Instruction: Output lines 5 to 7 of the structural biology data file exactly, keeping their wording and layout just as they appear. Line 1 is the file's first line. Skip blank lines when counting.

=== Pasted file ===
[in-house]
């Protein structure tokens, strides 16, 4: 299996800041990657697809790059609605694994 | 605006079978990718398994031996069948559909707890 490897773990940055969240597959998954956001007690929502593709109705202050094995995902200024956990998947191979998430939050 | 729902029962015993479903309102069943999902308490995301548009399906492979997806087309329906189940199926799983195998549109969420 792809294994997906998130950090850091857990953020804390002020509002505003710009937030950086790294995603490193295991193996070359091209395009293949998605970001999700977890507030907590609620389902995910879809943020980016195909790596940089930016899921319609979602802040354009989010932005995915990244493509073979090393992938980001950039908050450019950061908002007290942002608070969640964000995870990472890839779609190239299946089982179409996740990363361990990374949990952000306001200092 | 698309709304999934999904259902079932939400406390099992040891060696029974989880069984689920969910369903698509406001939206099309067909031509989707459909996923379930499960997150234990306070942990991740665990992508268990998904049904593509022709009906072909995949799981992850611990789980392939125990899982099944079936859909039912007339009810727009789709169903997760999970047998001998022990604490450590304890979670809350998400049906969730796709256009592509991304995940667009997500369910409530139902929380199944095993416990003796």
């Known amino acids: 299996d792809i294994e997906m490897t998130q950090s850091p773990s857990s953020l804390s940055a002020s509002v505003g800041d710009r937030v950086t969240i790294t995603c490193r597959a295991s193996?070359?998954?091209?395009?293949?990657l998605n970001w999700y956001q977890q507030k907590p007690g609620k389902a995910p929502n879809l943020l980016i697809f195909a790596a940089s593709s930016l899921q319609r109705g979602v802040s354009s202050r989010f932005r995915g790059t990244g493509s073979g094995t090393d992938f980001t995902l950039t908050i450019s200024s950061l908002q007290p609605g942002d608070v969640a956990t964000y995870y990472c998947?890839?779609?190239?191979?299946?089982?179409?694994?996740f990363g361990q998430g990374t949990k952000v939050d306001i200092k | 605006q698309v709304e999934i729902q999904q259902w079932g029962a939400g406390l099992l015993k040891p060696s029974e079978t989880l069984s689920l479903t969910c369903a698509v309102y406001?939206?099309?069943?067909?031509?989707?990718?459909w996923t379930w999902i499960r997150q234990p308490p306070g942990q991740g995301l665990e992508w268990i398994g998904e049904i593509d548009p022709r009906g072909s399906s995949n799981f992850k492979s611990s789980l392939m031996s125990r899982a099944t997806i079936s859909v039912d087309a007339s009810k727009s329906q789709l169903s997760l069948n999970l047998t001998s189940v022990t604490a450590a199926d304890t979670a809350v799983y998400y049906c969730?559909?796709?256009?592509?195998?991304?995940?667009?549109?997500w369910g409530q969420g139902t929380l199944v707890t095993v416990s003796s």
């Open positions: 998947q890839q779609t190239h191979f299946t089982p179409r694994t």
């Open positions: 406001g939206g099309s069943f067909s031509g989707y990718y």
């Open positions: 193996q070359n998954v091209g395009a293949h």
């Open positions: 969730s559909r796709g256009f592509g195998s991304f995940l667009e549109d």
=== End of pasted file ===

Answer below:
């Open positions: 406001g939206g099309s069943f067909s031509g989707y990718y």
């Open positions: 193996q070359n998954v091209g395009a293949h």
């Open positions: 969730s559909r796709g256009f592509g195998s991304f995940l667009e549109d």